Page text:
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Trade Competitiveness of the Middle East and North Africa : Policies for Export Diversification

  • Jose R. Lopez-Calix
  • Peter Walkenhorst
  • Ndiame Diop

International trade was deeply affected by the global financial and economic crisis. Mimicking worldwide trends, imports from and exports to the Middle East and North Africa dropped significantly in 2009. This sudden decline in global trade should not divert attention away from four major developments in global economic integration that have shaped the region's trade policies and performance over the past decade: the emergence of global supply chains, the growth of trade in services, the rise of China and India as major international trading powers, and regional integration. The first development is the rise of global production networks in which different stages of the production of a single good occur at different locations. As a result of this development, consumer products often contain parts, components, and inputs from a large number of countries. The second major trend relates to trade in services. With the wave of liberalization and of information and communications-related technological developments, off-shoring in services such as back-office work processes, call center operations, medical transcription, accounting, and legal research has boomed. India is a good example of a country that has hugely benefited from this trend. The third important development is the emergence of China and India as new trade, innovation, and growth poles alongside the United States and Europe. The fourth development is the increase in regional and preferential trade agreements, which have been proliferating, not least because progress in multilateral trade negotiations under the auspices of the World Trade Organization has been slow. Integration with selected partners can help countries reap benefits from international integration while avoiding the large-scale adjustment needs that are often associated with broader-based trade reforms. The Middle East and North Africa comprises countries that are resource-poor but labor-abundant, resource-rich and labor-abundant, and resource-rich and labor-importing, each displaying its own idiosyncrasies. The eleven chapters of this volume examine the region's trade policy reforms and performance by focusing on the four key developments in international trade, with a twist. Instead of examining production chains as such, the volume focuses on export diversification (part one), a major development challenge in the region, especially for oil exporters. It then explores services trade (part two), the relations with China and India (part three), and regional integration (part four).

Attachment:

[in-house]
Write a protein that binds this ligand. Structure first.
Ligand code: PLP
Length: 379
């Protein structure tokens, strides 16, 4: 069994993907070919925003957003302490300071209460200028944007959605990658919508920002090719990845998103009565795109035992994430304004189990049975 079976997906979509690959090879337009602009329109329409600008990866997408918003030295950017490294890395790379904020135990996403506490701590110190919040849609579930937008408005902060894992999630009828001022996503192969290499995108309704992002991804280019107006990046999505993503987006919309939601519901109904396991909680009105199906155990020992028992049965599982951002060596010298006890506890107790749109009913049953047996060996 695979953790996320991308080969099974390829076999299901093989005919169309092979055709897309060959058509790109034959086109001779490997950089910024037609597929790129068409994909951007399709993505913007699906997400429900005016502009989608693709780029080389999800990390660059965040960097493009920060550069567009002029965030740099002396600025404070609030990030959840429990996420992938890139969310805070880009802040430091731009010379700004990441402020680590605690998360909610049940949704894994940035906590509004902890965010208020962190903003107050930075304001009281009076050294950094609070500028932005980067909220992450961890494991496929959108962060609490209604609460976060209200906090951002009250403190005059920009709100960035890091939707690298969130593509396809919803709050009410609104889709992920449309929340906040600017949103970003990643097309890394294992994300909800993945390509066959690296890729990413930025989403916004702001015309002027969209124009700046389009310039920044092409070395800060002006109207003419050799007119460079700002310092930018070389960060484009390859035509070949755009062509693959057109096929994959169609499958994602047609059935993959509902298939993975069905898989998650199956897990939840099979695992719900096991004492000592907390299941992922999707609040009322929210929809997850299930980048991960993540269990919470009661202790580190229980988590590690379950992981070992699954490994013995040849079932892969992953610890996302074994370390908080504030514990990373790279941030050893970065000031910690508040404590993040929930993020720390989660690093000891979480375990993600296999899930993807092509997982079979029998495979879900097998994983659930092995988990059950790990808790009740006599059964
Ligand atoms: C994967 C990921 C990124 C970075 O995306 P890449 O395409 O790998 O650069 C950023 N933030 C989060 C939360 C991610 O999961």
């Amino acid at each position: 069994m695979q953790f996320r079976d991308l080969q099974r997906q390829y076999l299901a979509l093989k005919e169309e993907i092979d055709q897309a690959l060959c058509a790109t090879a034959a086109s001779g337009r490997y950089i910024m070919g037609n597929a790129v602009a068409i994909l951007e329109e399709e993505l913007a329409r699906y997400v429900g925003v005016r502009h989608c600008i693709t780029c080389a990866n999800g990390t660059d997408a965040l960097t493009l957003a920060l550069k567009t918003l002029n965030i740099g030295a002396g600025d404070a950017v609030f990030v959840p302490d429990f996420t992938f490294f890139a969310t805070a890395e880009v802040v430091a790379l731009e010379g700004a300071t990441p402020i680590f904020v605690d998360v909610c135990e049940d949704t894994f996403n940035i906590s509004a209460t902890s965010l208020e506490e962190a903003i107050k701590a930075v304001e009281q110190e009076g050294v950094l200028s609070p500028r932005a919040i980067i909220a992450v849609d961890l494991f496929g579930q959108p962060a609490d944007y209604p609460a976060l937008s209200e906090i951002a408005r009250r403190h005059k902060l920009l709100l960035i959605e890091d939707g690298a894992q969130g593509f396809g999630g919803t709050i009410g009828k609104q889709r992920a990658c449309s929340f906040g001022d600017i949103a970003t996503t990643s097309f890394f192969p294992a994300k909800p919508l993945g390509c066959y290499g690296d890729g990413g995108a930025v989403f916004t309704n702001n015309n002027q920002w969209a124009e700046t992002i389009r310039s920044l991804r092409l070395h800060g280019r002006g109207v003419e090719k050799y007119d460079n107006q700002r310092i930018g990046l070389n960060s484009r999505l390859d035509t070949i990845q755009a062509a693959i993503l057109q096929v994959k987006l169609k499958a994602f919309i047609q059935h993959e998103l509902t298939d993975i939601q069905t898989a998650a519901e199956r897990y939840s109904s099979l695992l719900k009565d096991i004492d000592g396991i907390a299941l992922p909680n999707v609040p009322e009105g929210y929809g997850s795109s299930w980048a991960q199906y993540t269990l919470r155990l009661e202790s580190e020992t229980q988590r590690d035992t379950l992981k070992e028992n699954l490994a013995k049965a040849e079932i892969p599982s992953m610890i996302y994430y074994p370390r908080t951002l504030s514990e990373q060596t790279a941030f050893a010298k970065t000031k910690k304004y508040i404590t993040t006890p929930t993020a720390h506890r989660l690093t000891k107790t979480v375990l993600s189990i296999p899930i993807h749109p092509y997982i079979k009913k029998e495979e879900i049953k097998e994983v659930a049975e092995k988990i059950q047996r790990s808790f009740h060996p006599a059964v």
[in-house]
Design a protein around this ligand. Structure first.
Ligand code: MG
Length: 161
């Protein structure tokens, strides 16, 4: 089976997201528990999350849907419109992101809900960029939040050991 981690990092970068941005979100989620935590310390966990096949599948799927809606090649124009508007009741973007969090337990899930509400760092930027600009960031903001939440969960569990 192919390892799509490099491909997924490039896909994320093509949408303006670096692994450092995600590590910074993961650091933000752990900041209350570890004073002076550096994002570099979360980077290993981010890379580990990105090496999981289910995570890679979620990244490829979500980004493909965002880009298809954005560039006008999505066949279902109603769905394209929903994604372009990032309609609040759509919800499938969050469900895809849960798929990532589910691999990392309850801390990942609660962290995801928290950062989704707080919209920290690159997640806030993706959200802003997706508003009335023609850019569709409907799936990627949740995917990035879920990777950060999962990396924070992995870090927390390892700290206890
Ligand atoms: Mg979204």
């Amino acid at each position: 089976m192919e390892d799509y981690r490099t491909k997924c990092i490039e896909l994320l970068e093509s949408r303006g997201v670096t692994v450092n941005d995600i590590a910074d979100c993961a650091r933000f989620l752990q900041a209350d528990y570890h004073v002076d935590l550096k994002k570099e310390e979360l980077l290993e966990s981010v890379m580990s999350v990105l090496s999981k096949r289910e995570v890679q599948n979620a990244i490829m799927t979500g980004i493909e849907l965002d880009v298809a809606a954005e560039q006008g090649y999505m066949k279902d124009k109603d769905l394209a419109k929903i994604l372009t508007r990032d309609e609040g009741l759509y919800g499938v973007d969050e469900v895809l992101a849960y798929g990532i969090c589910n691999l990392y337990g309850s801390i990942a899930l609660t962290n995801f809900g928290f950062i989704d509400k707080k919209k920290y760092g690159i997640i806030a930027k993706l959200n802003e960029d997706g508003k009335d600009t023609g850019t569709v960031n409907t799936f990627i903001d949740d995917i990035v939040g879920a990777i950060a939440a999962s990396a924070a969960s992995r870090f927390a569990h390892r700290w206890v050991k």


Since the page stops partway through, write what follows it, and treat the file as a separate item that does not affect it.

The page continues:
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This book is provided by The World Bank in its series World Bank Publications with number 2466 and published in 2010.
ISBN: 978-0-8213-8074-1
Handle: RePEc:wbk:wbpubs:2466
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  1. Philippa Dee & Jyothi Gali, 2003. "The Trade and Investment Effects of Preferential Trading Arrangements," NBER Working Papers 10160, National Bureau of Economic Research, Inc.
  2. Florence Jaumotte, 2004. "Foreign Direct Investment and Regional Trade Agreements; The Market Size Effect Revisited," IMF Working Papers 04/206, International Monetary Fund.
  3. Hoekman, Bernard & Konan, Denise, 1999. "Deep Integration, Non-Discrimination and Euro-Mediterranean Free Trade," CEPR Discussion Papers 2095, C.E.P.R. Discussion Papers.
  4. Konan, Denise Eby & Maskus, Keith E., 2006. "Quantifying the impact of services liberalization in a developing country," Journal of Development Economics, Elsevier, vol. 81(1), pages 142-162, October.
  5. Robert J. Barro & Jong-Wha Lee, 2000. "International Data on Educational Attainment: Updates and Implications," CID Working Papers 42, Center for International Development at Harvard University.
  6. Matías Berthelon, 2004. "Growth Effects of Regional Integration Agreements," Working Papers Central Bank of Chile 278, Central Bank of Chile.
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